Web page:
In the wake of the Industrial Revolution, an excess of consumer goods flooded the marketplace. As it became clear that there was a surplus of interchangeable suppliers, a way was needed to differentiate a given product from its competition. Out of necessity, branding was created as a way of doing just this.
In its simplest form, branding is the application of a story to a product or a service. Remember Where’s the beef? or Have it your way? The stories these slogans encapsulated were an attempt to convince the consumer that one hamburger was more desirable than another.
Originally relegated to the arena of quick consumables like soap, fast food and breakfast cereal, branding now touches every facet of American life. No matter what the product or service, everyone feels the need to tell a storyto create a brand.
According to James B. Twitchell, a professor of English and advertising at the University of Florida, branding has recently invaded the marketplace of cultural values and beliefs as well. Putting it another way, a surplus of church pews, university seats and museum galleries has now forced institutions to practice marketing techniques they once abhorred.
Twitchell writes that, as can be seen in grocery stores, sellers are now forced either to brand or get squeezed off the market shelf. He contends that there is now a commercial market for selling salvation, for selling art and for selling knowledge. The pitch is that the brand of faith, education, or art that comes from one supplier is better than the almost exact same one that comes from another, the author notes. The competition is intense because the stakes are high. Since the 1980s, a lot of museums, churches, and schools have gone out of business. Many more are living on the edge.
For many churches, schools and museums, survival depends on whether they can offer a certain kind of experience that will create brand identity and, perhaps more important, consumer affiliation.
Beginning with religion, Twitchell looks at how intense competition has resulted in the decline of some denominations and the rise of the nondenominational megachurch. Compared to Costco or Sam’s Club box stores, which attract new customers at the expense of older businesses, the megachurch offers a number of choices attractive to a wide consumer base. Bringing together a panoply of worship styles, including boutique ministries under one roof, acres of parking, soothing background music, child care facilities, food courts and services aimed at various age groups, the megachurch is a new brand of Christianity.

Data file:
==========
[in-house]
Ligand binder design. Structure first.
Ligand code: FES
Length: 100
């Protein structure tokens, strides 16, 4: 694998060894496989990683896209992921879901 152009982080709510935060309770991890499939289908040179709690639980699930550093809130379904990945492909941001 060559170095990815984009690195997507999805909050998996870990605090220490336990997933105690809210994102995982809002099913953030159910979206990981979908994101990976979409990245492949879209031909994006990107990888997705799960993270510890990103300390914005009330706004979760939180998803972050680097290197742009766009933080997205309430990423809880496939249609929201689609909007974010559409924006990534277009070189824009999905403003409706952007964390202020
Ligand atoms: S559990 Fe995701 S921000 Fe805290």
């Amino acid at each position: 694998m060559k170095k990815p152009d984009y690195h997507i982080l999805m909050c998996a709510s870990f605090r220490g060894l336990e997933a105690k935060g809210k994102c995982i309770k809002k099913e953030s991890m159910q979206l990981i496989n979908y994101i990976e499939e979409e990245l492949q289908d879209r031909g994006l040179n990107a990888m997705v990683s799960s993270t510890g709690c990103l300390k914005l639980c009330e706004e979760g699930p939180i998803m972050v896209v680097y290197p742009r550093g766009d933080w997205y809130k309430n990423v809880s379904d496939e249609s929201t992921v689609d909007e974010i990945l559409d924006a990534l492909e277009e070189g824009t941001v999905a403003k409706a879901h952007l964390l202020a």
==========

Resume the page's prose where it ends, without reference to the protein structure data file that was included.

Calling it the low-cost discounter of epiphanic community, the author uses the Willow Creek Community Church southwest of Chicago as an example to show why megachurches have appeared in many urban communities. With 25,000 worshipers, revenues of $22 million (in 1995) and a staff of well over 200 full-time employees, Willow Creek and churches like it have been successful at creating brand recognition.
Twitchell says, What separates the Willow Creek brand from most of the other megachurches is that its redemption story is so benign and its sense of community is so strong. Although he feels that churches like Willow Creek can make the process of doing church surprisingly compelling, Twitchell concludes by wondering, How long it can hold them remains to be seen.
Moving on to higher education, Twitchell believes that all schools provide essentially the same quality of educational and campus experience. Acknowledging this, many of them now employ professional marketers to help them sell their product. These advertising pros can help devise the stories and images that will make the schools attractive to top students. This, in turn, will boost the institutions’ standings, attract more financial contributions and thus increase their endowments.
Calling classroom education a loss leader, Twitchell believes that the schools are now intent on fostering a strong sense of affiliation. The product being sold is not education but exclusivity, as well as practically assured admission to graduate programs in fields like law or business, which provide entry into the nation’s economic, social and political elite. Referring to what he dubs the elites, Twitchell writes they are not really as concerned with learning per se as with maintaining selectivity at the front door and safe passage to still higher education at the back door.
As he analyzes the branding of elite and mass provider educational institutions, the author also discusses the role that grade inflation, intercollegiate athletics and graduate departments play in creating the story.
With over 8,300 museums in the United States, the art world presents the same story. How does one institution differentiate itself from the one across town? Like the Ivy League colleges, the Metropolitan Museum of Art, the National Gallery in Washington, D.C., and the Art Institute of Chicago are putting pressure not only on one another but also on second-echelon museums. Blockbuster exhibitions, upscale restaurants and chic museum stores are only a few of the ways these bastions of high culture are attempting to establish their own unique brand identity.
Twitchell’s provocative, lively and sometimes humorous look at cultural/religious branding may well elicit howls of protest from the clergy, college administrators and museum directors. If it does, he has hit his mark.